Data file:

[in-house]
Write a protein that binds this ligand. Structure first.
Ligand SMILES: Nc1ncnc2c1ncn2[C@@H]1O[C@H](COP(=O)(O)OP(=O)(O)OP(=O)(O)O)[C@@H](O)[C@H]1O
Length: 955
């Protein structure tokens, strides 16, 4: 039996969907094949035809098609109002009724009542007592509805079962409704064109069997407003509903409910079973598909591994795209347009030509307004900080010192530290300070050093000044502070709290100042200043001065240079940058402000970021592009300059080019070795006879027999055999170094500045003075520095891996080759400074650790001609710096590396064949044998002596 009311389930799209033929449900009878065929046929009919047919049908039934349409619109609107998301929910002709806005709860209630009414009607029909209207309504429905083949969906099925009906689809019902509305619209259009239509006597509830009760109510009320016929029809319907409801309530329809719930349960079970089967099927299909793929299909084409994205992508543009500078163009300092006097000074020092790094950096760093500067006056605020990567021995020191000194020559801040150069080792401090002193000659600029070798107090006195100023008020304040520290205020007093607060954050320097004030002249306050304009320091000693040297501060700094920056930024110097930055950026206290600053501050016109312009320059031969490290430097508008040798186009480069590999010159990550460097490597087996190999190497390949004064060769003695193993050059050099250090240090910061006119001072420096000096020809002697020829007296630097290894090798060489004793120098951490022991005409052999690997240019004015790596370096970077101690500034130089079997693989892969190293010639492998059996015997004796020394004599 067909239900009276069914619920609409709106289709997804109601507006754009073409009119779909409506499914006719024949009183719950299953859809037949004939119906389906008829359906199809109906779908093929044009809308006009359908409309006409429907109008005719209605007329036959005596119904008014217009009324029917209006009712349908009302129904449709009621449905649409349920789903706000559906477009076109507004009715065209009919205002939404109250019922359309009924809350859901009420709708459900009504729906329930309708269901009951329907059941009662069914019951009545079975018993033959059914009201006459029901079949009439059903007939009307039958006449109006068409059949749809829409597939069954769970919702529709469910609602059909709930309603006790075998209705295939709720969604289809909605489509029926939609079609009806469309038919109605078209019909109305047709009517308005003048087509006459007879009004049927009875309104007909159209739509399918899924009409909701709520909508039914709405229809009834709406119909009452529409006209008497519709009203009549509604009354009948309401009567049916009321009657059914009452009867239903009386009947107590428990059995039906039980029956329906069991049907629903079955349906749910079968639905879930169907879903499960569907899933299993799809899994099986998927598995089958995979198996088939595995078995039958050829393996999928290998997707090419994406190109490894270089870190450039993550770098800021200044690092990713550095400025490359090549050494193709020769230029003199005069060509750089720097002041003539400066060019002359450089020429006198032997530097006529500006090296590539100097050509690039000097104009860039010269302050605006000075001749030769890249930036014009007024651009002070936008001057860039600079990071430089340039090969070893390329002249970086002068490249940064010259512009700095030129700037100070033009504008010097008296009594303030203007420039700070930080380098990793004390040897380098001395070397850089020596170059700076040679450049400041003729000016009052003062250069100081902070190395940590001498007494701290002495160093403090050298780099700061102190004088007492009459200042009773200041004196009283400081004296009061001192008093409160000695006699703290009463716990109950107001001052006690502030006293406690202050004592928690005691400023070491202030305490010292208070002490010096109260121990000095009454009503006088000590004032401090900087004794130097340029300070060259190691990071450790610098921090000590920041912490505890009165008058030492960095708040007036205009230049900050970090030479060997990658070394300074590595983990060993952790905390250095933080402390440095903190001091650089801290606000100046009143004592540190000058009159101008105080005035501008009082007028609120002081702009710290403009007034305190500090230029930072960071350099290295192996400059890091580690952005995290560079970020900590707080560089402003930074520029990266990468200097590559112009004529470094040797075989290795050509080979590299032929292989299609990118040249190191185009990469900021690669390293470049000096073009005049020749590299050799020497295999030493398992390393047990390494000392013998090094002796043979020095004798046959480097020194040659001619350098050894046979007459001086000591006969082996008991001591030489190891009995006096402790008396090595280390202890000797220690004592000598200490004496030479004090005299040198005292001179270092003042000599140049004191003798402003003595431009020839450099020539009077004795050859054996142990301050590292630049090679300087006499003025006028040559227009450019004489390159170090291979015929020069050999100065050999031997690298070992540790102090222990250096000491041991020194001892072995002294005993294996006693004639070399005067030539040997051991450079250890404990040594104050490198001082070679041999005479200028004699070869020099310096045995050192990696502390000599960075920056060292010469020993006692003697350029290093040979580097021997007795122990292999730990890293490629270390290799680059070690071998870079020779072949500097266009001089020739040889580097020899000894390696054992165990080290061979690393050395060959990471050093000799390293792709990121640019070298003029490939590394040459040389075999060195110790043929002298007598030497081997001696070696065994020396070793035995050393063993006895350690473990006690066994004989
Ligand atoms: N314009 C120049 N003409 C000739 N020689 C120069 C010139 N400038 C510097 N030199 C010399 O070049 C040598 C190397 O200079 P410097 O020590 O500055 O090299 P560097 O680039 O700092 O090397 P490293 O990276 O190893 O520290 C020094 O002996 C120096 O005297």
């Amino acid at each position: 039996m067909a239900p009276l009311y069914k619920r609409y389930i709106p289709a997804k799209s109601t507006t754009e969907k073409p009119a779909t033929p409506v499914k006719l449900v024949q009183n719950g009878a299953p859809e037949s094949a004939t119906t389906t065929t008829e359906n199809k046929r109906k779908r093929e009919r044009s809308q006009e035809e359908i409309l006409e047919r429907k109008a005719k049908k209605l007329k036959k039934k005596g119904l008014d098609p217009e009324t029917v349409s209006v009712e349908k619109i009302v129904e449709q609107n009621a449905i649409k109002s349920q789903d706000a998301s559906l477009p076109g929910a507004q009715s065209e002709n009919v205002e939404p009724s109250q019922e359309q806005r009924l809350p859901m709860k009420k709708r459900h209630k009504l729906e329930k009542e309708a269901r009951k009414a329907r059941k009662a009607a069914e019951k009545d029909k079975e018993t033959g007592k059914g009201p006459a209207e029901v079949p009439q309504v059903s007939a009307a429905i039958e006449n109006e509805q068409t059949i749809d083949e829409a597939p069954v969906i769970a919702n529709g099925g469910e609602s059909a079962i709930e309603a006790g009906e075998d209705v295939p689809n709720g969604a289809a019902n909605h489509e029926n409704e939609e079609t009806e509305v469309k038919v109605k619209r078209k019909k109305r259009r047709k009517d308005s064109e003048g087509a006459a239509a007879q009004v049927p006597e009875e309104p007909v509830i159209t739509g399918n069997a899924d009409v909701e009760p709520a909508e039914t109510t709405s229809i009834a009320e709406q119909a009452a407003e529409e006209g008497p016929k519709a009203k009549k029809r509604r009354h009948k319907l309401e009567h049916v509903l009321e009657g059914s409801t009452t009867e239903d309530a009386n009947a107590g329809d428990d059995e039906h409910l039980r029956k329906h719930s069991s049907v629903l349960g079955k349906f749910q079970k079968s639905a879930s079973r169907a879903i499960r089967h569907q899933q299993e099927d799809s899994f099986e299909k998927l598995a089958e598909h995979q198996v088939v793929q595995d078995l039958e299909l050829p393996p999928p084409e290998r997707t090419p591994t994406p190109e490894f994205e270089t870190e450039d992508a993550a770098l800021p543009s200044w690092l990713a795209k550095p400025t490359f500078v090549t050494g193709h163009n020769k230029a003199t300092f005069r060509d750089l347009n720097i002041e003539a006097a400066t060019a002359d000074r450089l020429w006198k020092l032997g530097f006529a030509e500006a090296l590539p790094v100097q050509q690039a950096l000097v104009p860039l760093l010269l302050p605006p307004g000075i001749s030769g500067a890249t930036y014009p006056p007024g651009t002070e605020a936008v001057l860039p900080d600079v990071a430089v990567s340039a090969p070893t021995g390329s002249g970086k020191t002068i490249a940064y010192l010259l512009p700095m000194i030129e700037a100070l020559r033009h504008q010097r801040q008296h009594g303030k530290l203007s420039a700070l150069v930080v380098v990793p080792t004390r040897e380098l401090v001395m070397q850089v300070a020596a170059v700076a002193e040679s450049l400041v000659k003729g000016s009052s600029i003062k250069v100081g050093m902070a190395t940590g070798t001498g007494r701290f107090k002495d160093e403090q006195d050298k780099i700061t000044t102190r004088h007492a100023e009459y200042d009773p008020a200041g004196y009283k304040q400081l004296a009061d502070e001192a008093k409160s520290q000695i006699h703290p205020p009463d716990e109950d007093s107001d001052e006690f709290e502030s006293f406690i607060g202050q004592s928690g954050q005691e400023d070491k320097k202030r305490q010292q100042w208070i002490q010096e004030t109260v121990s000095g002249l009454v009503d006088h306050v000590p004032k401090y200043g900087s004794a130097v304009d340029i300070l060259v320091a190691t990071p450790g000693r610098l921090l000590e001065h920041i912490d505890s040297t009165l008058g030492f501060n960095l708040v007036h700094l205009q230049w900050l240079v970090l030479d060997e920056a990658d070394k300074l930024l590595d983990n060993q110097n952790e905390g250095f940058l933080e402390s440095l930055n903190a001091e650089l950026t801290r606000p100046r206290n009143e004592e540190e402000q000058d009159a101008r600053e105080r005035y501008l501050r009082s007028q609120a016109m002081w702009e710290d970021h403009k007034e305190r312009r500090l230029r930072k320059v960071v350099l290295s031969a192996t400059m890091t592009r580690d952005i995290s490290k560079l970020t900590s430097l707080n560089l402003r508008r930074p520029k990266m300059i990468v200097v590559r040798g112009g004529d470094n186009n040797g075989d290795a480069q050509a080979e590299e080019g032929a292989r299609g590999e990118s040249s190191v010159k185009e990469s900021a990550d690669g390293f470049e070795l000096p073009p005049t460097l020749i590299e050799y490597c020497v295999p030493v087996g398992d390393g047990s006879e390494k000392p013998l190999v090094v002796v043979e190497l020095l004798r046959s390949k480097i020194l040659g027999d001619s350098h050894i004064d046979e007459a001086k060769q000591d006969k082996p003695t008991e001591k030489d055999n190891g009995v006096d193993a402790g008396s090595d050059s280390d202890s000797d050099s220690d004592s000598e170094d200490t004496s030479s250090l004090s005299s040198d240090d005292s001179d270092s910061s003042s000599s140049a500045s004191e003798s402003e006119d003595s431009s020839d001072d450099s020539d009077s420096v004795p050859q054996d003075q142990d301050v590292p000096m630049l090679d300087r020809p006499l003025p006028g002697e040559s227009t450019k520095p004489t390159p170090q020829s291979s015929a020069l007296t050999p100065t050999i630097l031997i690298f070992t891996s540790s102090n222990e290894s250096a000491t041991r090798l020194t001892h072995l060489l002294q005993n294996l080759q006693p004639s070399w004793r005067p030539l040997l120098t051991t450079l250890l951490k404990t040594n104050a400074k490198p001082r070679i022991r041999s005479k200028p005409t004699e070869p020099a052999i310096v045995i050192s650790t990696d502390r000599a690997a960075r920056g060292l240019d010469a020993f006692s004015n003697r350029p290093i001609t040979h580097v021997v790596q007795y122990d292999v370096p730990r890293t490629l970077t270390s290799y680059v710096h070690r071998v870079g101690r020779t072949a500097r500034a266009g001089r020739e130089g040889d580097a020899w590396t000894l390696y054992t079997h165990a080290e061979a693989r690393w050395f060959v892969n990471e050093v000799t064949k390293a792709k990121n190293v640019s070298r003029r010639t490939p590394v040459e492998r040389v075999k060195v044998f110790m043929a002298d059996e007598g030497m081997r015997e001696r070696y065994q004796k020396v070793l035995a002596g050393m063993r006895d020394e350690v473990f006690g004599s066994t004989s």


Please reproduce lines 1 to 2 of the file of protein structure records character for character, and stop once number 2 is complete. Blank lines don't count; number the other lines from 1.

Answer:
[in-house]
Write a protein that binds this ligand. Structure first.